Thursday’s news involving health and safety in sports:
* The Fort Worth Star-Telegram interviewed Mavericks guard Brandon Wright, who can relate to what teammate Chris Kaman is going through with a concussion. Kaman sharply criticized the NBA’s concussion program earlier this week.
“He knows how serious it is,” Wright said. “He doesn’t want to have lingering effects where you’re out for the rest of the season, or you can’t do any basketball activities until mid-summer.
“So you’ve got to really take your time.”
That’s precisely what Wright did after he suffered his concussion.
“I just sat there with low lights, no TV, no reading,” Wright said. “I went to the hyperbaric chamber a lot and that helped out a lot, but I just waited for the symptoms to calm down.
“It’s tough man, because it’s frustrating. You can get out of shape really easy, and there’s not a lot you can do because if you start running around and getting headaches and blurred vision, that’s counterproductive.”
* TheHockeyWriters.com wrote that the NHL concussion problem will not solve itself.
No one is trying to take the physicality out of hockey. That is part of what makes the game great. A big hit will energize your team, your fans, and give you momentum, but we need to redefine what a clean his is: A full-body check where no contact with the head is made. Much like a tackle in today’s NFL.
Unless the National Hockey League wants to be faced with a similar or worse class action lawsuit like what the NFL is currently dealing with, they need to change the culture of hitting. Not eliminate hitting, but redefining what a good, clean hit is. Whether you’re a superstar like Sidney Crosby or Gabriel Landeskog or a 4th line journeyman, you deserve to have your head and brain protected.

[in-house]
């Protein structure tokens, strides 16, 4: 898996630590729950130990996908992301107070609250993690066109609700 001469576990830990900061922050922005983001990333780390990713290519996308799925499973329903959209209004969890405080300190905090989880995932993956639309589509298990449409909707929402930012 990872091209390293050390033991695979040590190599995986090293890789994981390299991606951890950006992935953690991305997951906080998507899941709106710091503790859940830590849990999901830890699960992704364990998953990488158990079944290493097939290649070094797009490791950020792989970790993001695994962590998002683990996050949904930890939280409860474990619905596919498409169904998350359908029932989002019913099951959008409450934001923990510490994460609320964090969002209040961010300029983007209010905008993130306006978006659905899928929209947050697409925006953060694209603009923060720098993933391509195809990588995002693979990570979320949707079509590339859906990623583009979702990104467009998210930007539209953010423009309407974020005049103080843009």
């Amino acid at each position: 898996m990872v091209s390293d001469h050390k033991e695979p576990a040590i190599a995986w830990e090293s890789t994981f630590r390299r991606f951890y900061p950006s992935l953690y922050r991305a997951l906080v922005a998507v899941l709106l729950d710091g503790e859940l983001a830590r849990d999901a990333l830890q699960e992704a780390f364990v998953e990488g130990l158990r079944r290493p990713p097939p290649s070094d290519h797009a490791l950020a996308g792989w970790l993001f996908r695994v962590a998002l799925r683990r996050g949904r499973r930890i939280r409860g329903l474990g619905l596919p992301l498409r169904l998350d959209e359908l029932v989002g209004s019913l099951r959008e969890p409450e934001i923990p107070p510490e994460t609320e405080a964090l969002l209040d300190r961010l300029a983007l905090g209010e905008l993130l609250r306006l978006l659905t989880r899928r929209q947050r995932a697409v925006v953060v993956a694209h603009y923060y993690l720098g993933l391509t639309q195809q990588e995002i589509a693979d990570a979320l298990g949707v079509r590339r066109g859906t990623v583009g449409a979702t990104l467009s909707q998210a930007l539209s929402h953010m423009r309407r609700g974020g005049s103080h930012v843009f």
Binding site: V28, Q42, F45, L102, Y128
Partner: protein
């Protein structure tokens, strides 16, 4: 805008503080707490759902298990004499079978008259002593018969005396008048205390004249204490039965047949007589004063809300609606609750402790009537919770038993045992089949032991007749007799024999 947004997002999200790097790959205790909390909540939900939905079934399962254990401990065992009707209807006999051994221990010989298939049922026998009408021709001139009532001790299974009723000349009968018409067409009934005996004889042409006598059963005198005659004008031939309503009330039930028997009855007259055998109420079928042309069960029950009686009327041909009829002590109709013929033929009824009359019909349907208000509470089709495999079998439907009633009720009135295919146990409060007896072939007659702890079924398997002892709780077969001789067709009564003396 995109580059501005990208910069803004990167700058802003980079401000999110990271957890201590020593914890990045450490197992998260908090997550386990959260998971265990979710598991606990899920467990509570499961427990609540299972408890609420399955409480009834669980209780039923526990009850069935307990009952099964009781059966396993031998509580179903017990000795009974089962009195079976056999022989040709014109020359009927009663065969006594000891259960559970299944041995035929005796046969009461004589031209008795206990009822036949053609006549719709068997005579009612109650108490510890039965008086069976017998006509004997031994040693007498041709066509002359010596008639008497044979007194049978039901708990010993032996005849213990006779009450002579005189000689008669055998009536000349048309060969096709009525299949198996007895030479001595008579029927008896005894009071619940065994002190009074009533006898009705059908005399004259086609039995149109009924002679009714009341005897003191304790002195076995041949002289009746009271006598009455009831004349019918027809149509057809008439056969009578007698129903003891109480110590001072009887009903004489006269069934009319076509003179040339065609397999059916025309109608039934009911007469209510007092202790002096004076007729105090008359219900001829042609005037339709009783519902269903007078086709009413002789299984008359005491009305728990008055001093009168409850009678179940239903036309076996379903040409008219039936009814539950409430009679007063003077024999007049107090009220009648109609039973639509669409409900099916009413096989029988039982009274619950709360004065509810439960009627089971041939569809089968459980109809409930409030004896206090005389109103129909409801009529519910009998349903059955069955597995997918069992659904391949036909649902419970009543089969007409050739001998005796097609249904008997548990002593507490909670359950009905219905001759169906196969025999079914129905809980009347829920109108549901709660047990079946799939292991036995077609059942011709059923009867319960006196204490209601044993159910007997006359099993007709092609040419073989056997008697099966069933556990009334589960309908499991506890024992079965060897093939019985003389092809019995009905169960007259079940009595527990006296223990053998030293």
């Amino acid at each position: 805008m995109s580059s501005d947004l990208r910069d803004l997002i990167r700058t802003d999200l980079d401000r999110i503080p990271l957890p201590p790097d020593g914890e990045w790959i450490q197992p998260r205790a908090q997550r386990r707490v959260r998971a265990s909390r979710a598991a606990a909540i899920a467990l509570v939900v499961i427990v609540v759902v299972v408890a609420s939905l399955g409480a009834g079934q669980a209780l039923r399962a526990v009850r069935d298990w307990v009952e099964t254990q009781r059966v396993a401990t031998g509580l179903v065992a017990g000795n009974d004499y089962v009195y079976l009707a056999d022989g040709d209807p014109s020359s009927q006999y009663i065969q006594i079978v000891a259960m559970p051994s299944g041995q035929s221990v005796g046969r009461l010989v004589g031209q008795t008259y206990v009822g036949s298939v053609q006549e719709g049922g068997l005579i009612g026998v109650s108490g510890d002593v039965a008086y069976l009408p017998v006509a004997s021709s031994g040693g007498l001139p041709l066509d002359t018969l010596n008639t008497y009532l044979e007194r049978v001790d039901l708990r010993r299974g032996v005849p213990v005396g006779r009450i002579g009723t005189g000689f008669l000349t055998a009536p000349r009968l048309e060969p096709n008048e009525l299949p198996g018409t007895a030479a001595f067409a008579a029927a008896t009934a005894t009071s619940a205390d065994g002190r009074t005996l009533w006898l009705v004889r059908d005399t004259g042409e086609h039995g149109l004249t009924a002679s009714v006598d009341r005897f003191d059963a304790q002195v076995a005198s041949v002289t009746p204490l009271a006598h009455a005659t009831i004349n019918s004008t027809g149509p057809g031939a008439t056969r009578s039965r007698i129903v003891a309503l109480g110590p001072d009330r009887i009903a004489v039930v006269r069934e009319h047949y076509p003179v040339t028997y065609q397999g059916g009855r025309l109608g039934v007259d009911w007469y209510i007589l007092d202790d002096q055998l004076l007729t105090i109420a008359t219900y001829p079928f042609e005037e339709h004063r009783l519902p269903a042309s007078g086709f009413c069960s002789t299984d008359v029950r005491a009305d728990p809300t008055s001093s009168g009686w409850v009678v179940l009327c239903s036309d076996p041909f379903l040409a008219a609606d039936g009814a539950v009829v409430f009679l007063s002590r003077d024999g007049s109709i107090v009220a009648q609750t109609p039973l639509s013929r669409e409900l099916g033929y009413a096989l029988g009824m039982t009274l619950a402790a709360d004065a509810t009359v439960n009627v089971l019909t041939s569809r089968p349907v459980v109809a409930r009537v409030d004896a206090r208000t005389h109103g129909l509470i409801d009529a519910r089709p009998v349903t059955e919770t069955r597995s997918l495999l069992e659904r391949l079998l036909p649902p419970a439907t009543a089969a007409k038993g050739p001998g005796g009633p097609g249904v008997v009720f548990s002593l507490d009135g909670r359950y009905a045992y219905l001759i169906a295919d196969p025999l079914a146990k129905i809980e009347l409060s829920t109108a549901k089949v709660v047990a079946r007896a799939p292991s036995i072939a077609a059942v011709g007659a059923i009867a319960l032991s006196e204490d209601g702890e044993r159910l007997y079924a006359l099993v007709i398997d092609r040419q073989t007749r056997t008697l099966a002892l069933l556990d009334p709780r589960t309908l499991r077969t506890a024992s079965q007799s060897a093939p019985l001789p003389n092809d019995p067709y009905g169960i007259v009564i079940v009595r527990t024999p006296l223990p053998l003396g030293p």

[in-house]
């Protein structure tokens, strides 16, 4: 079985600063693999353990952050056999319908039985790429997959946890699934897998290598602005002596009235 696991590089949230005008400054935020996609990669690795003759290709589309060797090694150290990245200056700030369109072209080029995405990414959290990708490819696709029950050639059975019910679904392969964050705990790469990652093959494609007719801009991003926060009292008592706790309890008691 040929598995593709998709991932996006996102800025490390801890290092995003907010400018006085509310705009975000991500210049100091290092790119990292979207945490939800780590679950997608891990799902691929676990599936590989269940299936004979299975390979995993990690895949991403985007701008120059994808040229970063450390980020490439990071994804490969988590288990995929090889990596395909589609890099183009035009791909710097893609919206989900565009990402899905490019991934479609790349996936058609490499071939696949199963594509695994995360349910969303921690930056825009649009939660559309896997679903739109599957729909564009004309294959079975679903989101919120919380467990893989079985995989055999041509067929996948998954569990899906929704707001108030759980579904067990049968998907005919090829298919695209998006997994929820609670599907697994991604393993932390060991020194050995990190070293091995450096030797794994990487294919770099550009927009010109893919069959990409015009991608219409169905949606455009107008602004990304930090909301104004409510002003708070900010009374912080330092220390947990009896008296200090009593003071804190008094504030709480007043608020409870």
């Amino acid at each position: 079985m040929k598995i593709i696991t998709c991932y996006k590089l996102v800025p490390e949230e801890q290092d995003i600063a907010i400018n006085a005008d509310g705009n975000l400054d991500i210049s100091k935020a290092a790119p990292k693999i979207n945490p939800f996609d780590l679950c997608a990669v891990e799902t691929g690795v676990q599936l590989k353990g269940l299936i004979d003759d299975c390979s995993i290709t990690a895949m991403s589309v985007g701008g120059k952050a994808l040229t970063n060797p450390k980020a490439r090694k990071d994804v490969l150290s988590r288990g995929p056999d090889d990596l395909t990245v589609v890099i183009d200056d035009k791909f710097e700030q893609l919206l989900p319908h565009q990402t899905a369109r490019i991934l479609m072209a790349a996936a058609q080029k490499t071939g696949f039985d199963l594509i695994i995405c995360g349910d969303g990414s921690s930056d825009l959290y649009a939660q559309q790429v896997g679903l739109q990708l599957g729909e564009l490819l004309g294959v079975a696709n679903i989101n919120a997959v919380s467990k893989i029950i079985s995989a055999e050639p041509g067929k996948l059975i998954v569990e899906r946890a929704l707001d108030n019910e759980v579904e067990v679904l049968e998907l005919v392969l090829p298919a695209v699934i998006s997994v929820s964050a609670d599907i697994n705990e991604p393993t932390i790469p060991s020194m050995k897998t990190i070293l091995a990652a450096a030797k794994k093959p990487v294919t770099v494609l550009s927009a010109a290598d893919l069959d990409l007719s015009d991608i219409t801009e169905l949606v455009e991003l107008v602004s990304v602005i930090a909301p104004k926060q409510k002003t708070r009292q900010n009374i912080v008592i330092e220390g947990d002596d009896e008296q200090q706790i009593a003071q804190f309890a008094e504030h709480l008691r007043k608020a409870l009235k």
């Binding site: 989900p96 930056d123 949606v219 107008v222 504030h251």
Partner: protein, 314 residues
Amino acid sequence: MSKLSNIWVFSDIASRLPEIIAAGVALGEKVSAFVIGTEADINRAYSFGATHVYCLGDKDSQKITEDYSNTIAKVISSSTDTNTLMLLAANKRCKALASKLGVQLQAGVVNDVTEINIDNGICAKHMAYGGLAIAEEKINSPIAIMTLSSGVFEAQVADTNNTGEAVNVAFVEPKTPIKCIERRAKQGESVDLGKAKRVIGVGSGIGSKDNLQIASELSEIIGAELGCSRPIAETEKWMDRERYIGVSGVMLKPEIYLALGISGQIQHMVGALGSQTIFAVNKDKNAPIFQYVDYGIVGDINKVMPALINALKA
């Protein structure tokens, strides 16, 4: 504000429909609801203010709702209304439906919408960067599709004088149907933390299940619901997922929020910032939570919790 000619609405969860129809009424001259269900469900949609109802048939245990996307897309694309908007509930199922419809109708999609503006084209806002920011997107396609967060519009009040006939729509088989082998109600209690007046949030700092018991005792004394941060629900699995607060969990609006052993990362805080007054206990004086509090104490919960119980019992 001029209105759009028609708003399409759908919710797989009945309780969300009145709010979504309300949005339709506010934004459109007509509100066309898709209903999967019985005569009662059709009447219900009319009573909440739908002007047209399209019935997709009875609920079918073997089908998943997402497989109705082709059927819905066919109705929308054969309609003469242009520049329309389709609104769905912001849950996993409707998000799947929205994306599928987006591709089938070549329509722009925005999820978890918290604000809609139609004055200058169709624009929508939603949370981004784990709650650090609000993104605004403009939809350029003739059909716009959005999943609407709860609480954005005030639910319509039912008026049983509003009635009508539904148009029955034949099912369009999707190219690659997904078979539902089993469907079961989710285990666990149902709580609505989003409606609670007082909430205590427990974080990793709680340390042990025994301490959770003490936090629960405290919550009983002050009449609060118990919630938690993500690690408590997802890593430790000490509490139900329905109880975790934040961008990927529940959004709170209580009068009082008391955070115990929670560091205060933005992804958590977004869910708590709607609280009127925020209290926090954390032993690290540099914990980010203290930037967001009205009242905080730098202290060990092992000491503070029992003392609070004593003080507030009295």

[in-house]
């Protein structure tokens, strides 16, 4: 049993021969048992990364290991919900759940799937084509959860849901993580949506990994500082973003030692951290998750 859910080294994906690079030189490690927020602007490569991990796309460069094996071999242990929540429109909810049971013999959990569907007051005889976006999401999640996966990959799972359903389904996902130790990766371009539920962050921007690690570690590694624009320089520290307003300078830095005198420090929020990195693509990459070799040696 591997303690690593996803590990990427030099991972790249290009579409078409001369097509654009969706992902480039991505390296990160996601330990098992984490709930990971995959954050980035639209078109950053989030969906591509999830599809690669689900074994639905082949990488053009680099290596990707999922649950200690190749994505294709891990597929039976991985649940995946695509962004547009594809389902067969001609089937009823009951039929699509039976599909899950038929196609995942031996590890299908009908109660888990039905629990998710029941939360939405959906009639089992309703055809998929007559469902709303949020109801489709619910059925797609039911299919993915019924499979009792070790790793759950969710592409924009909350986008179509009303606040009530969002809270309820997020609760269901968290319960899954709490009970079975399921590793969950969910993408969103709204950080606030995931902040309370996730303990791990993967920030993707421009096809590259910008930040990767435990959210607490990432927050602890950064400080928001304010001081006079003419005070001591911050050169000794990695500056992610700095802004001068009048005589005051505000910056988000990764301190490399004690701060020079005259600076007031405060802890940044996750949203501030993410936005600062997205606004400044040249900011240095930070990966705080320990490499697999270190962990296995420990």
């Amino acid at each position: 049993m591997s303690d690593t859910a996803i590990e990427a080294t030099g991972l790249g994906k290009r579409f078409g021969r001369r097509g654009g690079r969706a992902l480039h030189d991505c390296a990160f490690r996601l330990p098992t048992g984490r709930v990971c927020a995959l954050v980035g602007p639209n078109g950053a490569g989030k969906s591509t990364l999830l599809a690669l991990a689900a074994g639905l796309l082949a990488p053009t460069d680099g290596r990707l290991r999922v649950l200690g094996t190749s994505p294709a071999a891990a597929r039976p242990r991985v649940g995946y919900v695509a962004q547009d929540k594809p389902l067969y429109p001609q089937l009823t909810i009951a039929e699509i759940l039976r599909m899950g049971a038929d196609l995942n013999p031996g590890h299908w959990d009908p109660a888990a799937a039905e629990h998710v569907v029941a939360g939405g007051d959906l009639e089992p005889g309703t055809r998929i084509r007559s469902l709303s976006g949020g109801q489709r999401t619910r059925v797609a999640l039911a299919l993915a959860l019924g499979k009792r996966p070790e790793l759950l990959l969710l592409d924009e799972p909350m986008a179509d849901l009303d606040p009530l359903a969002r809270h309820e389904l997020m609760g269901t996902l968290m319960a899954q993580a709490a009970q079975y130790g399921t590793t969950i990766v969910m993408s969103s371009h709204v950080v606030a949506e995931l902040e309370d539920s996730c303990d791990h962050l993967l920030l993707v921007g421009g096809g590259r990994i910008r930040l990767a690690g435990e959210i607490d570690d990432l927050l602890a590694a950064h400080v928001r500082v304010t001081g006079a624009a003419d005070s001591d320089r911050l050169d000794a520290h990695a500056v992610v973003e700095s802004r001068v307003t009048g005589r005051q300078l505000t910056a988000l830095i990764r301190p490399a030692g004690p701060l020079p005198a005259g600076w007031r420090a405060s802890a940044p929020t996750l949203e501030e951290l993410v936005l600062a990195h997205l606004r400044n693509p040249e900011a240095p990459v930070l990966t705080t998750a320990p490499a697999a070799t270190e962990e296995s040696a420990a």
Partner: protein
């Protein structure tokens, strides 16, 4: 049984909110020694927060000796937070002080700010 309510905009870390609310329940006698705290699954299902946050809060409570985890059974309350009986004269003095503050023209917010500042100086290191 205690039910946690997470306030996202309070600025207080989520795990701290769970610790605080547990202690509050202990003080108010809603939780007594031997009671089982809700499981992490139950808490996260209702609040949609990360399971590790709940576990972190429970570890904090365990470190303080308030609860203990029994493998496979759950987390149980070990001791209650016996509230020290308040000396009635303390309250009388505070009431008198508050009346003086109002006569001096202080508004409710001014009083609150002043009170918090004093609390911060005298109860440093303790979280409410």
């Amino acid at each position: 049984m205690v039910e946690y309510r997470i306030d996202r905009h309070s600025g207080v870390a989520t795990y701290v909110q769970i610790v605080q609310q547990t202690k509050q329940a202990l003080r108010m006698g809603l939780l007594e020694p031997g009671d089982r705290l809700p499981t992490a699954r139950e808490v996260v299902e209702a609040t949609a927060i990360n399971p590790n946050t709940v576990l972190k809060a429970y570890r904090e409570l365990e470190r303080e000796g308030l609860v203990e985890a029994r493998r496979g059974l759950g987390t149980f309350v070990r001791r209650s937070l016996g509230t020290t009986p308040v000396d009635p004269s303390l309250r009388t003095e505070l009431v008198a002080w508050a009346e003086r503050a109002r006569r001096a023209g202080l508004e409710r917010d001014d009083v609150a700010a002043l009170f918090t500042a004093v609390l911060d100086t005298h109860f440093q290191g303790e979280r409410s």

* CNN reported that Olympic skier Lindsey Vonn’s injury is a “career-delayer” not a career-ender.
* An article in the Journal of American Association of Orthopedic Surgeons said that children with ACL injuries need special treatment to avoid future knee injuries.
* MaxPreps looked at the sons of NFL players who signed a National Letter of Intent on Wednesday, including Kelvin Taylor and Ray Lewis III.
* The Ithacan reported how concussions have spike this season for Ithica College.
* The San Jose Mercury-News reported on a push to hire athletic trainers at all area schools.
* And the Cleveland Browns are having a contest where an area school can win a visit from the NFL Play 60 bus.
– Bill Bradley, contributing editor